2008 The Patriot
posted by April 1 at 11:53 AMon
I just returned from a few days in New York, where, among other things, I killed some time in Park Slope on Friday afternoon by getting my hair cut. You ask: Is he really about to build a Slog post out of getting a haircut on a Friday afternoon in Brooklyn?
Yes, he is. (And now he’s also going to stop talking about himself in the third person.) Apologies in advance if you’re already searching for the Zzzzzz key, but really: What would the blogosphere be without people filling it up with accounts of their
meaningless little highly consequential lives? Empty, I tell you. Empty!
So there I was getting my hair cut in Park Slope, a neighborhood that is about as Seattle as you get in New York. Wider streets, mellower pace, bars that are about sitting and talking rather than standing and being seen. The man cutting my hair, it turned out, was an immigrant from Dagestan—a Sephardic Jew whose ancestors had been bounced out of Spain during the Inquisition, wandered through the Middle East, and eventually settled in an area of Russia near the Black Sea. Recent years have seen an upsurge of anti-Semitism in Russia, and that turn of events pushed this man, who looked to be about 30, to emigrate to the U.S.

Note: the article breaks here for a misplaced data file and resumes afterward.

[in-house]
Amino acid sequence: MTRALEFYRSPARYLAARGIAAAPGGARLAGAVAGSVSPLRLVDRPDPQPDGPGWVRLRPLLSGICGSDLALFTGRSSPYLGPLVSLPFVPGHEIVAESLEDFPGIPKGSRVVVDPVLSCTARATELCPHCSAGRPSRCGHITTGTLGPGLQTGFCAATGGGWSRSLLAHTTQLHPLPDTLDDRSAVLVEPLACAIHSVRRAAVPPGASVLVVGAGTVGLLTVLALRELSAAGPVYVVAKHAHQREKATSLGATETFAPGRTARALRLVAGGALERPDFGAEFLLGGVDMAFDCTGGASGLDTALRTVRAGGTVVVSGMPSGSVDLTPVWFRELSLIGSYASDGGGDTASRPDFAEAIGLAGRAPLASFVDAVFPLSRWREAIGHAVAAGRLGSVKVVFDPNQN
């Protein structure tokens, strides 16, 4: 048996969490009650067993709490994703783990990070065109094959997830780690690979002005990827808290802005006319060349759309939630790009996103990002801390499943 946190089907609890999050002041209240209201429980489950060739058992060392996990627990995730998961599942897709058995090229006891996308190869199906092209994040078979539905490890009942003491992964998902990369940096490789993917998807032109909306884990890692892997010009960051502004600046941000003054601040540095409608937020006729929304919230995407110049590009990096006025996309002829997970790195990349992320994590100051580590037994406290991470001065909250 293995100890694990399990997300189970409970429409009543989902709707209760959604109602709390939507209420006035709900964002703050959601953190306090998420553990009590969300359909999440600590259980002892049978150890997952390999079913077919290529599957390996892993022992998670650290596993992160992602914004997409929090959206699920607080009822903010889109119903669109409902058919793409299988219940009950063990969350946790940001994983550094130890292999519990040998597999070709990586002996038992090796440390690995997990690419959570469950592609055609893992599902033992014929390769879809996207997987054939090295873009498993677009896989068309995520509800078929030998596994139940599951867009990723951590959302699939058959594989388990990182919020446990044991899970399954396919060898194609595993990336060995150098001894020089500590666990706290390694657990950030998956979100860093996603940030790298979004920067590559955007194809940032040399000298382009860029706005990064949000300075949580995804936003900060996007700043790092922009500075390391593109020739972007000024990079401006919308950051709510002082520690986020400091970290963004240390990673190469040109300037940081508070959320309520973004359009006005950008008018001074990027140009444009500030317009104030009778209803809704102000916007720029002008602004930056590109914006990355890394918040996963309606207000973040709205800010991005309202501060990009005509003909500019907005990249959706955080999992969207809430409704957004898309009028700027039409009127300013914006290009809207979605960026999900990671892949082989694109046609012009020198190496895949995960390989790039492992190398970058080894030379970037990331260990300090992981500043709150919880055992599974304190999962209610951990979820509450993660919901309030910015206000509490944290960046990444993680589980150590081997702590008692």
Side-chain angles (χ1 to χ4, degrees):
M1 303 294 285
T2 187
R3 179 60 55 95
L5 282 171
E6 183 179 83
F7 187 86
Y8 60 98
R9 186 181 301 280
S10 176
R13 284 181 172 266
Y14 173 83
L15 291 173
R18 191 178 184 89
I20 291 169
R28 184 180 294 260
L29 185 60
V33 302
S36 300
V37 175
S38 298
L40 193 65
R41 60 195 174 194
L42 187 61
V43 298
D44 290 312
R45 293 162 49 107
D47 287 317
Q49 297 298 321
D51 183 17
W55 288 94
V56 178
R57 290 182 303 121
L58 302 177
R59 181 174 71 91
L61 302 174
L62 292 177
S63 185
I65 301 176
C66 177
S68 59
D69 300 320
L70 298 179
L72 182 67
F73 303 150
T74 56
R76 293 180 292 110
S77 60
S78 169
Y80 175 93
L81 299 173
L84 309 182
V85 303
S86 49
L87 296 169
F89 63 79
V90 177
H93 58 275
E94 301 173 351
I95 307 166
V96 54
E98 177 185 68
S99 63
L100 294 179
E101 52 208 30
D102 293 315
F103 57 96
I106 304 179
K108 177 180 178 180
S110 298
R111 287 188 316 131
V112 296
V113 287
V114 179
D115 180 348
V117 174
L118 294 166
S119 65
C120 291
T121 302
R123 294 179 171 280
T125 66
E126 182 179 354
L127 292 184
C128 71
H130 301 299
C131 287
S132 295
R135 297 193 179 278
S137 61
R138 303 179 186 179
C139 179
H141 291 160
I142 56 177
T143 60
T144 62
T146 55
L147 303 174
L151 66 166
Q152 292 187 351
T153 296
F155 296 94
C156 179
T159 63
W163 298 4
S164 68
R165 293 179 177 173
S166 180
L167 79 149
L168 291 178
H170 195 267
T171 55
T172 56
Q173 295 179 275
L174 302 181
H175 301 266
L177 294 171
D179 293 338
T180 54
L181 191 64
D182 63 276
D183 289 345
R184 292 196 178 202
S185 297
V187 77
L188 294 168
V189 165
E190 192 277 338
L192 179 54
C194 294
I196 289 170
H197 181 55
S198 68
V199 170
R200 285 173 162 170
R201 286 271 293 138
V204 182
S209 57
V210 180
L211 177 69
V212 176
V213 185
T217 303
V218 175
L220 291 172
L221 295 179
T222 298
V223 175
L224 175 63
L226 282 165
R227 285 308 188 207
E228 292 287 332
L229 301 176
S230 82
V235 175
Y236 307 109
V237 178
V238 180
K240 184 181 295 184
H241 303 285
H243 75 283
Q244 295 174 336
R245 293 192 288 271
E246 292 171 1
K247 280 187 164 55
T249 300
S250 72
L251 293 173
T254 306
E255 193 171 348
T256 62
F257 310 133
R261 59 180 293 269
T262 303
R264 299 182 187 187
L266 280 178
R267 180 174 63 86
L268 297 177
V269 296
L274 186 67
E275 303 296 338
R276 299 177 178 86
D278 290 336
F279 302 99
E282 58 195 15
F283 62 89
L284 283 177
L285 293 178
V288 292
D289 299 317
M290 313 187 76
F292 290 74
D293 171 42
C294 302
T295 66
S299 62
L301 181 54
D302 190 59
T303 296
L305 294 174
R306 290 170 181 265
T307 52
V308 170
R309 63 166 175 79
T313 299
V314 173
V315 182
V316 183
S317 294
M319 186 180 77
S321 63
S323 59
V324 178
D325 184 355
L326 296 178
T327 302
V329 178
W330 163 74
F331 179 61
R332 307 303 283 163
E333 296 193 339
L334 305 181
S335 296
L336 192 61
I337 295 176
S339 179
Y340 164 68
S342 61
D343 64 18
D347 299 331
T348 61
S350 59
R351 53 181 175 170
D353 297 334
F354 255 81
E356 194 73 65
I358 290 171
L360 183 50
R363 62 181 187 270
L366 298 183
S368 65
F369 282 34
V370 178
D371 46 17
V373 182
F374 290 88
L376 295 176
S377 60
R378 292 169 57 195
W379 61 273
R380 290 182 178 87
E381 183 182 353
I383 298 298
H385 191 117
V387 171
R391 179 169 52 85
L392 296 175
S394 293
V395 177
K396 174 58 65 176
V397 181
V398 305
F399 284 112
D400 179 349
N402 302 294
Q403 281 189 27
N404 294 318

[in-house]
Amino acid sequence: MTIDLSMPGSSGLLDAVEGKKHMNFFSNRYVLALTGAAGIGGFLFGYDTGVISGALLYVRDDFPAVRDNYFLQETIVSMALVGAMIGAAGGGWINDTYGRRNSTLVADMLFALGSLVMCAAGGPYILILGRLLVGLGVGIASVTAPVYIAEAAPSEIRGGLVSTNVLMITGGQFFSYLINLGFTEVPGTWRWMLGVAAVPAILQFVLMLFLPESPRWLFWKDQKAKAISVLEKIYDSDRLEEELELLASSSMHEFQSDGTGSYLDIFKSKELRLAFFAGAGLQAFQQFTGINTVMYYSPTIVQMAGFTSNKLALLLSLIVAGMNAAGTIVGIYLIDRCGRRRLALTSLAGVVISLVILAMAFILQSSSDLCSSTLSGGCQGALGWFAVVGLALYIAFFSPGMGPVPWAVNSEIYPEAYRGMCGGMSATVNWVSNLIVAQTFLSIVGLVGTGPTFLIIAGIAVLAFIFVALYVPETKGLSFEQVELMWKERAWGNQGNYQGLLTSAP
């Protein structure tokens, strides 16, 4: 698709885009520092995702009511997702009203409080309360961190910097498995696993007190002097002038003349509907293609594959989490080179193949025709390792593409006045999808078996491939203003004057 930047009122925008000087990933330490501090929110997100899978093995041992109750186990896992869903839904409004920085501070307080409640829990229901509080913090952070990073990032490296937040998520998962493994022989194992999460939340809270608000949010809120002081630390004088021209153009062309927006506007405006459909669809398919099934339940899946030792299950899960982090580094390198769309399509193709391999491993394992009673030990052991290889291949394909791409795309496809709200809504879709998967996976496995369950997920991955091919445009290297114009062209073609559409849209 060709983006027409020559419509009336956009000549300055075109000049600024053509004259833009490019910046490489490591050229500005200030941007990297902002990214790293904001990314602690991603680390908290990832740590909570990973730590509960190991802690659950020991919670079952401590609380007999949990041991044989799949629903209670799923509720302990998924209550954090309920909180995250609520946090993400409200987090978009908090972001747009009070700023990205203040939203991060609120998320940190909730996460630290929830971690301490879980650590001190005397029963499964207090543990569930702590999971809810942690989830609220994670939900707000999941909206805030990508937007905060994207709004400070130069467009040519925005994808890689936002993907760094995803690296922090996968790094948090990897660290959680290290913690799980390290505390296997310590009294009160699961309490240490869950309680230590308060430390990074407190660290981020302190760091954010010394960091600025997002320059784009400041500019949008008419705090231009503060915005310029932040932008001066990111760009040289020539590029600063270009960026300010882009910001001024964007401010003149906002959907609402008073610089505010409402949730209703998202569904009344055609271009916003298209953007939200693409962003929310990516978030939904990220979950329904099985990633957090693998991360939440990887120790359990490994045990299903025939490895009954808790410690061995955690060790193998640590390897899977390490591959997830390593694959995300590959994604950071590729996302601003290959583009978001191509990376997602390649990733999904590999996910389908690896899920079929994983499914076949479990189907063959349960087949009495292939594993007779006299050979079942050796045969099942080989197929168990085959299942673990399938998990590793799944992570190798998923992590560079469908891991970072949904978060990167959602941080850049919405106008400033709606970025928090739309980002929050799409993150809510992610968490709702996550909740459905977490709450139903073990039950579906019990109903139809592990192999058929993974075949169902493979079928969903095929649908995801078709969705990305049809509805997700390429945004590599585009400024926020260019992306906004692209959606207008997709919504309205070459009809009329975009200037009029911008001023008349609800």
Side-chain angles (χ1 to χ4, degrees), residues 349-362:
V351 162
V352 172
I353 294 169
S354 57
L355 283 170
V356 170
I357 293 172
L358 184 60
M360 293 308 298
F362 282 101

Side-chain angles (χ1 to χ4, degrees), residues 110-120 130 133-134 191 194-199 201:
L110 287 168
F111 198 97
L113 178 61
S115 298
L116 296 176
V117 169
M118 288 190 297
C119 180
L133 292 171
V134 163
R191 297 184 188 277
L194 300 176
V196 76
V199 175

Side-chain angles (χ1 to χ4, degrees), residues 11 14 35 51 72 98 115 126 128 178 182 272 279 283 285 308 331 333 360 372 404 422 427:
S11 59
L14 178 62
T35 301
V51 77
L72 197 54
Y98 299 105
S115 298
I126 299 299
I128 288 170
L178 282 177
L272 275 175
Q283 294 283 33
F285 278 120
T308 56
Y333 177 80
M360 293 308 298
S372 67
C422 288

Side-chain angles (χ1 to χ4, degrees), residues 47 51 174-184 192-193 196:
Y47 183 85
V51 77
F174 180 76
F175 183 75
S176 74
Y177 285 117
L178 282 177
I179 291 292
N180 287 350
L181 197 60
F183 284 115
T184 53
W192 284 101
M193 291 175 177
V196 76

We began talking about the presidential election. He said he’s never voted before, but he has citizenship and plans to vote this year. It being Park Slope and all, I just assumed he’d be a Democrat, but when I asked how he felt about Hillary Clinton he told me, without any hint of fear about sounding sexist around me or his female coworkers, that he doesn’t trust a woman to lead a country of over 300 million people. I asked about Obama. He said: “I want change, but not that kind of change.” I figured it wasn’t wise to anger the man who was cutting my hair, so I just absorbed this and asked about McCain.
“He’s a patriot,” the man replied quickly.
That’s who he’s voting for. The patriot. End of story. Not the woman or the black guy.
I don’t know how many other Americans have already made up their minds and coded the election this way—the patriot vs. the woman or the black guy—but I’d bet the man who cut my hair is not the only one. We get way down in the electoral weeds on this blog, and I love going there, but it’s sobering to remember how few Americans do the same and how many of them are likely to make decisions based on simple-minded coding grounded in sexism, racism, and knee-jerk nationalism.
I asked the man what party he belongs to. “No party,” he said. “Independent immigrant.”
Then he complained about how expensive it is to live in New York and put me through some extended braggadocio about his eye for beautiful women. I felt bad for the guy. He had a lot to prove. I tipped him well.